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scientific articles

Hydroxyurea and acute painful crises in sickle cell anemia: effects on hospital length of stay and opioid utilization during hospitalization, outpatient acute care contacts, and at home

key information

source: Journal of Pain and Symptom Management

year: 2010

authors: Ballas SK, Bauserman RL, McCarthy WF, Castro OL, Smith WR, Waclawiw MA

summary/abstract:

CONTEXT:
Exploratory findings from the randomized, double-blind, placebo-controlled, multicenter study of hydroxyurea (MSH) in sickle cell anemia (SS). Recurrent acute painful crises may be mild, moderate, or severe in nature and often require treatment at home, in acute care facilities as outpatients, and in the hospital with oral and/or parenteral opioids.
OBJECTIVES:
The objectives of this study were to determine the effects of hydroxyurea (HU) on length of stay (LOS) in hospital and opioid utilization during hospitalization, outpatient acute care contacts, and at home.
METHODS:
Data from patient diaries, follow-up visit forms, and medical contact forms for the 299 patients enrolled in the MSH were analyzed. Types and dosages of at home, acute care, and in-hospital analgesic usage were explored descriptively.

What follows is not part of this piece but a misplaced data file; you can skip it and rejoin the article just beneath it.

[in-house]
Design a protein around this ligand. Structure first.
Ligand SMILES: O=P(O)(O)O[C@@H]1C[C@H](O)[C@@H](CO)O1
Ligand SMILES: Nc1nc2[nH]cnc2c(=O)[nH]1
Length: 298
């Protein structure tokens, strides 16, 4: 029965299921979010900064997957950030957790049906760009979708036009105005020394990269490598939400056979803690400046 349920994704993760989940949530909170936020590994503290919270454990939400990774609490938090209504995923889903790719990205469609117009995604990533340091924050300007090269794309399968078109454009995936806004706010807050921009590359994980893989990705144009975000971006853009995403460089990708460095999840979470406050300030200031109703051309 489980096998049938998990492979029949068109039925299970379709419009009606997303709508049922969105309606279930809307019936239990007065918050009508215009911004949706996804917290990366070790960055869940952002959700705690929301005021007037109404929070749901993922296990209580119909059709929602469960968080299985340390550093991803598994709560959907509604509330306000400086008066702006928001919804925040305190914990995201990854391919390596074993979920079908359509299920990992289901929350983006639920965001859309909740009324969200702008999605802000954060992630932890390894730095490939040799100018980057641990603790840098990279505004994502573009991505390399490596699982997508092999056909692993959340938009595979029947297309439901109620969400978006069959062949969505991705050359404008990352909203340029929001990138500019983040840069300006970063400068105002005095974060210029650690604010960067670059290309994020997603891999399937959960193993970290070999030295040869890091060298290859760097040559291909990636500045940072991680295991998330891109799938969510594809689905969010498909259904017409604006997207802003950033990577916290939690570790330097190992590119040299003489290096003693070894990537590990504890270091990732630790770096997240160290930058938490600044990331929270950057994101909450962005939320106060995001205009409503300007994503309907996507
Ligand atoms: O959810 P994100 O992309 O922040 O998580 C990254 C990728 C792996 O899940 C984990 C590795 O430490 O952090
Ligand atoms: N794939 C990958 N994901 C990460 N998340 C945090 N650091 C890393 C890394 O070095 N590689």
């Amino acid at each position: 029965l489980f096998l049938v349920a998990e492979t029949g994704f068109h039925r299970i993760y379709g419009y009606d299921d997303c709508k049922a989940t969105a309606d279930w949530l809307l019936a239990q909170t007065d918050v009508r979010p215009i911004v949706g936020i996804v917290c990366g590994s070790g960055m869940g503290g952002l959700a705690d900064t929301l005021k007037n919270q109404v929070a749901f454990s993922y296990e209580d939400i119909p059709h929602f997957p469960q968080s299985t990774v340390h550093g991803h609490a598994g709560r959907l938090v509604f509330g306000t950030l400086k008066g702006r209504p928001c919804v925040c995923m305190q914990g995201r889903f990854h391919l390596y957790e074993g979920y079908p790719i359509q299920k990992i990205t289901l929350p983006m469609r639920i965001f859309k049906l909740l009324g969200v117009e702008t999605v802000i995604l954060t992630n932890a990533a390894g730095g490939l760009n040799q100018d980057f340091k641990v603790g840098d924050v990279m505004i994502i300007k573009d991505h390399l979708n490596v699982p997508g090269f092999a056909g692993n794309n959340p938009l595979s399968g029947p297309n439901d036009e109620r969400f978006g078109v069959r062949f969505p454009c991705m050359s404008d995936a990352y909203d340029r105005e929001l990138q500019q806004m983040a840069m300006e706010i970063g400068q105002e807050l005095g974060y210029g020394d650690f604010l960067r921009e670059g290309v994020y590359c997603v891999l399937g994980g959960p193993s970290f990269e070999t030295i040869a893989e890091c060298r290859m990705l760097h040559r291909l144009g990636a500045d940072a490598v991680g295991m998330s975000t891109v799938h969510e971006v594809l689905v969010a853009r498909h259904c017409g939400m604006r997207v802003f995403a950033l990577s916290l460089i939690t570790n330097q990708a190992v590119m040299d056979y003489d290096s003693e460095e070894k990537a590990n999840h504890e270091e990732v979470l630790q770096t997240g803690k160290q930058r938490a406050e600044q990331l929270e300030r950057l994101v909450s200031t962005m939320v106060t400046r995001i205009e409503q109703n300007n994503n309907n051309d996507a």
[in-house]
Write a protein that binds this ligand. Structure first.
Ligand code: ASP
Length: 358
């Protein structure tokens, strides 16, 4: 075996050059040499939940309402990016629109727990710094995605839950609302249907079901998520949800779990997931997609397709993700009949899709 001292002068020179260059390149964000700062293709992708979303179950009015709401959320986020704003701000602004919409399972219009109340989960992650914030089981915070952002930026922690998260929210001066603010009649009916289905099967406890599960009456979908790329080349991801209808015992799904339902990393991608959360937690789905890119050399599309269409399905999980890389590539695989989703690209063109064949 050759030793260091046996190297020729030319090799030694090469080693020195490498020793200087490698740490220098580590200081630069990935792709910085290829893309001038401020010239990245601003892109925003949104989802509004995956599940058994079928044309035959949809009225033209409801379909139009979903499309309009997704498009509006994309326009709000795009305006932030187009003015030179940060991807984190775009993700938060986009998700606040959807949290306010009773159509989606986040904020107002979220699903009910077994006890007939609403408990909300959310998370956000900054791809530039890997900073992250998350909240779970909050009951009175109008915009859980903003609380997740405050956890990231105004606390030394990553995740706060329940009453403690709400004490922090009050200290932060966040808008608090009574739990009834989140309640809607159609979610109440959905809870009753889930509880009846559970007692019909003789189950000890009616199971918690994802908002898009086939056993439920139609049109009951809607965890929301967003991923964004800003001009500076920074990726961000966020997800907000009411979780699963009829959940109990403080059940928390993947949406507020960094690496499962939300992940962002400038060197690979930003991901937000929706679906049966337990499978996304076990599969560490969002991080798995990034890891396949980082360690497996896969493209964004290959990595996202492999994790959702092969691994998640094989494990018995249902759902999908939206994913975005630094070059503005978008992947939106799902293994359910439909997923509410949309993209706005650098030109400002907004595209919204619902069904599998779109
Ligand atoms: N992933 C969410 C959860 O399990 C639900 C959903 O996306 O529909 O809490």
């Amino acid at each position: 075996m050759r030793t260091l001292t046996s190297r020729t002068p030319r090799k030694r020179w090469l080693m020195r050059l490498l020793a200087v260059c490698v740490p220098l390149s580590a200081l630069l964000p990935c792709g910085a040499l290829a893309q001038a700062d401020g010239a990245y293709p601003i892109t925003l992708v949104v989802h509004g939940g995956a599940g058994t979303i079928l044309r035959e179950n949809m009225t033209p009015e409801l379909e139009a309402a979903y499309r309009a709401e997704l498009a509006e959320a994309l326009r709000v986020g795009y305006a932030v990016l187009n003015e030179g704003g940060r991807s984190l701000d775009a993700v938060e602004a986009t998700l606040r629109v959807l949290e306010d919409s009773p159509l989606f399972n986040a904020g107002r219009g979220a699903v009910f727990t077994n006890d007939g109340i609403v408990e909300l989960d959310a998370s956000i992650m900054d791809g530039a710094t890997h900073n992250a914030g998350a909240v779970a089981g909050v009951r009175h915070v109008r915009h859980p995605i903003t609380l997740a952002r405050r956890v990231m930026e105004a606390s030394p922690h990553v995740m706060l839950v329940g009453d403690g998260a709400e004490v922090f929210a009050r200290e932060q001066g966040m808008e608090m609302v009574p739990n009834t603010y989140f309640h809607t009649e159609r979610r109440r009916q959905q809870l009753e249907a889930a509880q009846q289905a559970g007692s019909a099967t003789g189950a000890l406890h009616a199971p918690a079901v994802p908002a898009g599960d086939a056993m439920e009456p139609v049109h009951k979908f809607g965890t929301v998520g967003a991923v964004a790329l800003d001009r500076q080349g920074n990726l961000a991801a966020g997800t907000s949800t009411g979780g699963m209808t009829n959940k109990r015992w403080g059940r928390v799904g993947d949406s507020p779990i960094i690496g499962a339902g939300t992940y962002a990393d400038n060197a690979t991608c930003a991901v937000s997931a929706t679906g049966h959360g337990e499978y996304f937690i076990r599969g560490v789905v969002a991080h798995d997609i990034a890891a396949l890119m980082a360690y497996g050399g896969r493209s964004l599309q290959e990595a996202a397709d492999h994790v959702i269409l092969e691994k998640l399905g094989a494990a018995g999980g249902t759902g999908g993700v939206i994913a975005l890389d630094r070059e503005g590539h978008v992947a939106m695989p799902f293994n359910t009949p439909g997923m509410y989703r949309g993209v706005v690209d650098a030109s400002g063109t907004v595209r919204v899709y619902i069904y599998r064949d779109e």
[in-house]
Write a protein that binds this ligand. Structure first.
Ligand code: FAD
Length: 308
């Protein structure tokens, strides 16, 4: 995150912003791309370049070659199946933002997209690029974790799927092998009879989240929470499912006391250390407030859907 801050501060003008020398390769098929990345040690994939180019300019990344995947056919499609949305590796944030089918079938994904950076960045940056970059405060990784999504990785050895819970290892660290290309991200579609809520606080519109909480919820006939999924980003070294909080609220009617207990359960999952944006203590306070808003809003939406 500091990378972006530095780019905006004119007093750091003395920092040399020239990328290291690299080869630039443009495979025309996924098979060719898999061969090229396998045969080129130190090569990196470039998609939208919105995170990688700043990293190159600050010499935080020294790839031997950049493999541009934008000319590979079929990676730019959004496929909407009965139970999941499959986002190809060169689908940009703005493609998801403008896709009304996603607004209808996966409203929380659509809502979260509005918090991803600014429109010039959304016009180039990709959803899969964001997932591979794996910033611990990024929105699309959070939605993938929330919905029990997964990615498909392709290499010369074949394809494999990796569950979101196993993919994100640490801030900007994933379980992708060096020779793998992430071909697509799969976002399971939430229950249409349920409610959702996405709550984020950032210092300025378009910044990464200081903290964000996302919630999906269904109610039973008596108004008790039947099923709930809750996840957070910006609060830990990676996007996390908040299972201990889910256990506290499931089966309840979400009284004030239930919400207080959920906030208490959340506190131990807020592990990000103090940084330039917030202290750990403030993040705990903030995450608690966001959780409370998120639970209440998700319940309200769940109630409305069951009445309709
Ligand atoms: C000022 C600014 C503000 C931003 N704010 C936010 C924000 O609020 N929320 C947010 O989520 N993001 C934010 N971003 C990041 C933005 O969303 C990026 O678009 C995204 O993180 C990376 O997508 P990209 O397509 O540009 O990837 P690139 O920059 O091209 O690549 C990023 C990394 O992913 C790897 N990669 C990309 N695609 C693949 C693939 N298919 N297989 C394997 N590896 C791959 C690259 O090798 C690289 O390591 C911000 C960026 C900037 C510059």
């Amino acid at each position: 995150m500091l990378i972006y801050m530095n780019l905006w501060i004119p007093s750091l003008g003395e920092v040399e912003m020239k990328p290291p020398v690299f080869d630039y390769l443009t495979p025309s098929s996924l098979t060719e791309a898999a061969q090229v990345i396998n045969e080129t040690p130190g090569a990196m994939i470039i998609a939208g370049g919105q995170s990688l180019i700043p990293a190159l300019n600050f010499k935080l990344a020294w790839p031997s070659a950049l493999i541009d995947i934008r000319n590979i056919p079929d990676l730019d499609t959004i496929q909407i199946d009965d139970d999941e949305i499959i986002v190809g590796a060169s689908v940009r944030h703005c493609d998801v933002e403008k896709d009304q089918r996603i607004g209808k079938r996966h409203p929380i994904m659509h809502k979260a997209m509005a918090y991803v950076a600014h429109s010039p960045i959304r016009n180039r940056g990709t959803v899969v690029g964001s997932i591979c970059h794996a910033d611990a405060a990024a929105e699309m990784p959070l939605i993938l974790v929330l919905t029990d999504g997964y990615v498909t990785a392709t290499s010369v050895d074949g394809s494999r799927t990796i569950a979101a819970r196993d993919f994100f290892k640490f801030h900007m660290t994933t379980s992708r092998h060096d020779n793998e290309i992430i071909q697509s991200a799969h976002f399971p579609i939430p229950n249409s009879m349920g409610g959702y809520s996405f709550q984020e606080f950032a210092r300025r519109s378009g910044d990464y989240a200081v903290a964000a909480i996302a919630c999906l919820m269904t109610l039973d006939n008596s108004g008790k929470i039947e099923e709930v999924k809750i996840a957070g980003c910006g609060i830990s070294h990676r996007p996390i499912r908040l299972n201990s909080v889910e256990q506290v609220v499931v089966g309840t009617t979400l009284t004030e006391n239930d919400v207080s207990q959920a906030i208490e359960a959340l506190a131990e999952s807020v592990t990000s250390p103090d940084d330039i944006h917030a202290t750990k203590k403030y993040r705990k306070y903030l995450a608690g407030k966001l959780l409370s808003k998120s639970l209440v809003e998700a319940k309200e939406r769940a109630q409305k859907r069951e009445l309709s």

RESULTS:
At-home analgesics were used on 40% of diary days and 80% of two-week follow-up periods, with oxycodone and codeine the most frequently used. Responders to HU used analgesics on fewer days. During hospitalization, 96% were treated with parenteral opioids, with meperidine the most frequently used; oxycodone was the most commonly used oral medication. The average LOS for responders to HU was about two days less than for other groups, and their cumulative time hospitalized during the trial was significantly less than for nonresponders or placebo groups (P<0.022). They also had the lowest doses of parenteral opioids during acute care crises (P=0.015).
CONCLUSION:
Beneficial effects of HU include shortening the duration of hospitalization because of acute painful episodes and reducing the net amount of opioid utilization.

organization: Jefferson Medical College, Thomas Jefferson University, Philadelphia

DOI: 10.1016/j.jpainsymman.2010.03.020

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